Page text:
Approaches to determining NNTs that reflect treatment effects across the entire spectrum of clinically relevant outcomes merit widespread application to neurologic diseases to facilitate more informed decision making by patients, patient families, and physicians. The expert panel method delineated here provides a means to ascertain NNTs from the parallel-group design trials using ordinal measures of outcome that provide the foundation for many therapies in neurologic practice.

Back to top
Article Information

Correspondence: Jeffrey L. Saver, MD, UCLA Stroke Center, 710 Westwood Plaza, Los Angeles, CA 90095 (jsaver@ucla.edu).

Accepted for publication March 3, 2004.

This study was supported in part by award K24 NS 02092-01 from the National Institute of Neurological Disorders and Stroke, National Institutes of Health, Bethesda, Md.

I thank the NINDS-tPA Study Trialists for making detailed mRS outcome data available for this analysis; Jeffrey Gornbein, PhD, for statistical consultation; and the members of the beta test and final expert panel—Greg Albers, MD; Stanley Cohen, MD; Phil Gorelick, MD (beta test); James Grotta, MD; Steven Levine, MD; David Liebeskind, MD; Helmi Lutsep, MD; Phil Scott, MD; Sidney Starkman, MD; and Janet Wilterdink, MD.

I have received speaking honoraria for talks on acute stroke therapy from Genentech Inc, South San Francisco, Calif (none in the past 3 years); serve on a scientific advisory board on secondary stroke prevention for Boehringer Ingelheim, Ridgefield, Conn; have served as a site investigator in National Institutes of Health–funded trials of fibrinolysis for which Genentech Inc supplied study agent; have served as a site investigator in nonfibrinolytic trials sponsored by Boehringer Ingelheim; and have served as a medicolegal expert on acute stroke care.

An Excel and a Word (Microsoft Inc) file containing a more detailed, step-by-step example of the process of expert specification of a joint distribution table of outcomes is available from me on request.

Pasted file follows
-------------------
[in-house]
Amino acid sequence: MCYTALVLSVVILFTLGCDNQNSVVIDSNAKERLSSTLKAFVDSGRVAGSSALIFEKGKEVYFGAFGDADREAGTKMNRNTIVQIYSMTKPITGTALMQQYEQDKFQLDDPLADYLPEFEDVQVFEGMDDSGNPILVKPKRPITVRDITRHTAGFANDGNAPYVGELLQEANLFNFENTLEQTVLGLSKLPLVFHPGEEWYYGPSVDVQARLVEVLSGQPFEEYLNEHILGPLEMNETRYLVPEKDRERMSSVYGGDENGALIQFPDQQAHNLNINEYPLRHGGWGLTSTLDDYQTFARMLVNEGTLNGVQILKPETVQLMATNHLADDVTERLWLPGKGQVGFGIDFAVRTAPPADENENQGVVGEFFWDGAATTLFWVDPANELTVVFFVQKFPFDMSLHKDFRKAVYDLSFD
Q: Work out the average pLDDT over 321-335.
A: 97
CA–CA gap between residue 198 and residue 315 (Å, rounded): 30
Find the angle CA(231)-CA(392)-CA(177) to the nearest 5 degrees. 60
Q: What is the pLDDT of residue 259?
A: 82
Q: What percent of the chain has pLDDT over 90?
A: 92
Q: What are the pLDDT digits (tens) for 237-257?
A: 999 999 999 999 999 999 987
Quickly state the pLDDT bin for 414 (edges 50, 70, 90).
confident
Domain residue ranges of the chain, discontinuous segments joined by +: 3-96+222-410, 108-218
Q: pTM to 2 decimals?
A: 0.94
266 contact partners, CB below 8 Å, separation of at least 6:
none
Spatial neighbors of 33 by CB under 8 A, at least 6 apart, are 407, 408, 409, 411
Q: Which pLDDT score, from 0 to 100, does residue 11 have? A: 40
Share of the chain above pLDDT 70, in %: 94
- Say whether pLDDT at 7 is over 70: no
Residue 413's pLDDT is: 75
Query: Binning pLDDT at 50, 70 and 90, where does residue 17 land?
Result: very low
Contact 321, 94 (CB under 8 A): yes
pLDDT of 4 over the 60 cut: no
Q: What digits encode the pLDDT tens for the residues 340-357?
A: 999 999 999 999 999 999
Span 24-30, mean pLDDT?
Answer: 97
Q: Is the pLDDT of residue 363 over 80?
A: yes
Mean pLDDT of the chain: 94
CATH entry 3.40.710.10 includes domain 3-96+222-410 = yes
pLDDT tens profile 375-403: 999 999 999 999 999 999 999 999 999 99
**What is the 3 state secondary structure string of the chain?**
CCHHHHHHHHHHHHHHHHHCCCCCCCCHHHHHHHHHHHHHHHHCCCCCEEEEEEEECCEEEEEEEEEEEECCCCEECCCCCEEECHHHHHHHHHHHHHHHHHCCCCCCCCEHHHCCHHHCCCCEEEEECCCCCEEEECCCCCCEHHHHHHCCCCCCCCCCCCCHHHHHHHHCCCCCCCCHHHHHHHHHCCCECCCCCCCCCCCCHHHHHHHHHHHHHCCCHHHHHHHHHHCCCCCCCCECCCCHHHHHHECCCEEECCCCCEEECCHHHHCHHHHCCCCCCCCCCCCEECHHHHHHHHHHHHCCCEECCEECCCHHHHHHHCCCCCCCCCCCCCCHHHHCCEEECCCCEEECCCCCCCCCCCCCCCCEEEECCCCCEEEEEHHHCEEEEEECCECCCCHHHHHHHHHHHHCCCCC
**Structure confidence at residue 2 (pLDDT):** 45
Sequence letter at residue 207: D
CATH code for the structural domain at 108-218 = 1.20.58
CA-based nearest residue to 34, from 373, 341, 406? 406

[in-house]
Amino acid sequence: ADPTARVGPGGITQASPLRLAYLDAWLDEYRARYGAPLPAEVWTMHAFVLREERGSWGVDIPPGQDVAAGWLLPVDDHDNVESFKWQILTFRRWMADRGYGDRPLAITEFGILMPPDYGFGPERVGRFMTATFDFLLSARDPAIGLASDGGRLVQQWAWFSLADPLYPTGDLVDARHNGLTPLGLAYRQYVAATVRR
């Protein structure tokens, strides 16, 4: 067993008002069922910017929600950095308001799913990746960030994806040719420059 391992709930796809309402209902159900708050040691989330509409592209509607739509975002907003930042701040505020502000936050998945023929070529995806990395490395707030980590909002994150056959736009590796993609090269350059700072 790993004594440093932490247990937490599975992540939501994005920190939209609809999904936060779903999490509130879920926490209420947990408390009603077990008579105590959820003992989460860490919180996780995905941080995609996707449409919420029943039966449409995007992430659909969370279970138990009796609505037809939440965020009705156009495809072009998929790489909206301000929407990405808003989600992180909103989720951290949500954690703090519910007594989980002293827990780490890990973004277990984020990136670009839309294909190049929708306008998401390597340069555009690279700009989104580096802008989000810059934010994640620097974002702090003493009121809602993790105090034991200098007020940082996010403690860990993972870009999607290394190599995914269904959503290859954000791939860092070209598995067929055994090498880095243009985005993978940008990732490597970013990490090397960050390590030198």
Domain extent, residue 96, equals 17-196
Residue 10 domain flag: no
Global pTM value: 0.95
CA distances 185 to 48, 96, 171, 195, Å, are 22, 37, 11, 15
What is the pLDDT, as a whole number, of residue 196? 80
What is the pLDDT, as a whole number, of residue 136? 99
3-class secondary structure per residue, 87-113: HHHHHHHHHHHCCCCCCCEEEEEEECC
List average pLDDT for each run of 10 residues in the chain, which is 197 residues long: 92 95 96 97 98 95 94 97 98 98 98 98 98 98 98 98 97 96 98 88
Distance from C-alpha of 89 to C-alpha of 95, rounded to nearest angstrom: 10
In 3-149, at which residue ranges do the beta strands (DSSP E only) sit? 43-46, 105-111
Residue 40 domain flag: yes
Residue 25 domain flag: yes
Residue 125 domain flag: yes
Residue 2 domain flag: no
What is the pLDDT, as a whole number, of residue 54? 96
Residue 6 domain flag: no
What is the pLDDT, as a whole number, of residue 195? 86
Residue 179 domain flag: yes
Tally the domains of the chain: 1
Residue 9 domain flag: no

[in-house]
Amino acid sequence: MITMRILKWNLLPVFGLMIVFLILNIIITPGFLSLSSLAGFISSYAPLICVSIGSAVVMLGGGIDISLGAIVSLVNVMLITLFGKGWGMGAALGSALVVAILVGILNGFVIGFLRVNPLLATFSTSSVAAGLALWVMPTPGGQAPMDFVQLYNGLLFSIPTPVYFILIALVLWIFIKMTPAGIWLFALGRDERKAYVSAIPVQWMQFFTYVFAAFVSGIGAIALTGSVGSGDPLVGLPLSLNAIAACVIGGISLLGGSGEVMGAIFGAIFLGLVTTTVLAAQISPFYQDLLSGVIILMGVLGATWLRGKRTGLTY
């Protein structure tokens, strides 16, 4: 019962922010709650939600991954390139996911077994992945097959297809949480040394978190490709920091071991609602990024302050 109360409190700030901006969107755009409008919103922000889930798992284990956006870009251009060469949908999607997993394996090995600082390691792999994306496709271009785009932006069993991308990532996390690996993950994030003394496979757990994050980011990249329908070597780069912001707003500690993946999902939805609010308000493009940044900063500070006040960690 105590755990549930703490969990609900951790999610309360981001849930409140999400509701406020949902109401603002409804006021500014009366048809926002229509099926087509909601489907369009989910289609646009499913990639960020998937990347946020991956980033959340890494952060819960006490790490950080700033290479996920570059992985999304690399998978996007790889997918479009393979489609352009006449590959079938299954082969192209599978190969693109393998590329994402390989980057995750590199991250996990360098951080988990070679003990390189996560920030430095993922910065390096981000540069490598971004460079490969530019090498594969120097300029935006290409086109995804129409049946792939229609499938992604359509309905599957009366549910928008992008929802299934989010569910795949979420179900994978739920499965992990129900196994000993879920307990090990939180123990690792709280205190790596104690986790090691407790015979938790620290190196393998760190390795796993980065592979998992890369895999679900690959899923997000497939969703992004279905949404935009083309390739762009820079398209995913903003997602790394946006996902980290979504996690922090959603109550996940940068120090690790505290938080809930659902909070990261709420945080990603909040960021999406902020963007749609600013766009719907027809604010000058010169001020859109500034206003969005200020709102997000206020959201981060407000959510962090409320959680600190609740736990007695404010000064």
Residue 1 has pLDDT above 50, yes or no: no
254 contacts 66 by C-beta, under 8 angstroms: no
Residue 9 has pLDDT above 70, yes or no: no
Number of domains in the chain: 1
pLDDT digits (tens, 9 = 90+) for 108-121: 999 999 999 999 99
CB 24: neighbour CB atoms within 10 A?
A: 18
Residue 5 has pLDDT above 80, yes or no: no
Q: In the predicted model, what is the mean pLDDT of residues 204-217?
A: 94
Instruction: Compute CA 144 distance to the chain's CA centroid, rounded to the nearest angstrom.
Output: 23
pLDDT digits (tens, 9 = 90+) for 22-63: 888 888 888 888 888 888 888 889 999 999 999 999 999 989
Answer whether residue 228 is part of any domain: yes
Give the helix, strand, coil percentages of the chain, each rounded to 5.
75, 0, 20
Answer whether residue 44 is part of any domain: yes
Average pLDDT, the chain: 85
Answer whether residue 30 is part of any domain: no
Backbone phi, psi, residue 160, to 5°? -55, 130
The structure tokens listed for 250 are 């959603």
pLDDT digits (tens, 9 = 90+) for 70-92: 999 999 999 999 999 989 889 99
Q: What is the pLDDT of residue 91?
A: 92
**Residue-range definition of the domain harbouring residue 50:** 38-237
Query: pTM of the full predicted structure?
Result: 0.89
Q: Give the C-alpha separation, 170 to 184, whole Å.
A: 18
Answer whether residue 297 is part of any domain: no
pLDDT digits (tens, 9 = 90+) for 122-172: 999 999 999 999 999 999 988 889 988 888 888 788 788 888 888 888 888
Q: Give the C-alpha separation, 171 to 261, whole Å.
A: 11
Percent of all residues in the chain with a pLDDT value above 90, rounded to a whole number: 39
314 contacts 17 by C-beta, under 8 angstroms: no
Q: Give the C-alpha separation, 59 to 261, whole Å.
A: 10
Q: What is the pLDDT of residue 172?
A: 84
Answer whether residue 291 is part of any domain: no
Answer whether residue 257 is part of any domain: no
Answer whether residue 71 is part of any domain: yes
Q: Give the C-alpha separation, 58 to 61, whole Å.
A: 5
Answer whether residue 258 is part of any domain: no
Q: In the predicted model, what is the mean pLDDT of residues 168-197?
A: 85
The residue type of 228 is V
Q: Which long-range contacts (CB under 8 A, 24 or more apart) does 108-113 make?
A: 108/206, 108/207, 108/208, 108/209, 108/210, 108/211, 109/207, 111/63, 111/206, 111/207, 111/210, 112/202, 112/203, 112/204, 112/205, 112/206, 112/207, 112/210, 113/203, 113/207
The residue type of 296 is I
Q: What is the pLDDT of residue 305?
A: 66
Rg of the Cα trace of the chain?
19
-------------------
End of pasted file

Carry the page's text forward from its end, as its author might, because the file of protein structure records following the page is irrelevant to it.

References
1.
Cook  RJSackett  DL The number needed to treat: a clinically useful measure of treatment effect.  BMJ.1995;310:452-454.PubMed
2.
McAlister  FAStraus  SEGuyatt  GHHaynes  RBfor the Evidence-Based Medicine Working Group Users' guides to the medical literature, XX: integrating research evidence with the care of the individual patient.  JAMA.2000;283:2829-2836.PubMed
3.
Guyatt  GHJuniper  EFWalter  SDGriffith  LEGoldstein  RS Interpreting treatment effects in randomised trials.  BMJ.1998;316:690-693.PubMed
4.
Duncan  PWJorgensen  HSWade  DT Outcome measures in acute stroke trials: a systematic review and some recommendations to improve practice.  Stroke.2000;31:1429-1438.PubMed
5.
Walter  SD Number needed to treat (NNT): estimation of a measure of clinical benefit.  Stat Med.2001;20:3947-3962.PubMed
6.
NINDS rt-PA Stroke Group Tissue plasminogen activator for acute ischemic stroke.  N Engl J Med.1995;333:1581-1587.PubMed
7.
Wardlaw  JMdel Zoppo  GYamaguchi  T Thrombolysis for acute ischaemic stroke [Cochrane Review on CD-ROM].  Oxford, England: Cochrane Library, Update Software; 2000:CD000213.
8.
Samsa  GMatchar  DGoldstein  L  et al Utilities for major stroke: results from a survey of preferences among persons at increased risk for stroke.  Am Heart J.1998;136:703-713.PubMed
9.
Lai  SMDuncan  PW Stroke recovery profile and the modified Rankin assessment.  Neuroepidemiology.2001;20:26-30.PubMed
10.
von Kummer  R Brain hemorrhage after thrombolysis: good or bad?  Stroke.2002;33:1446-1447.PubMed
×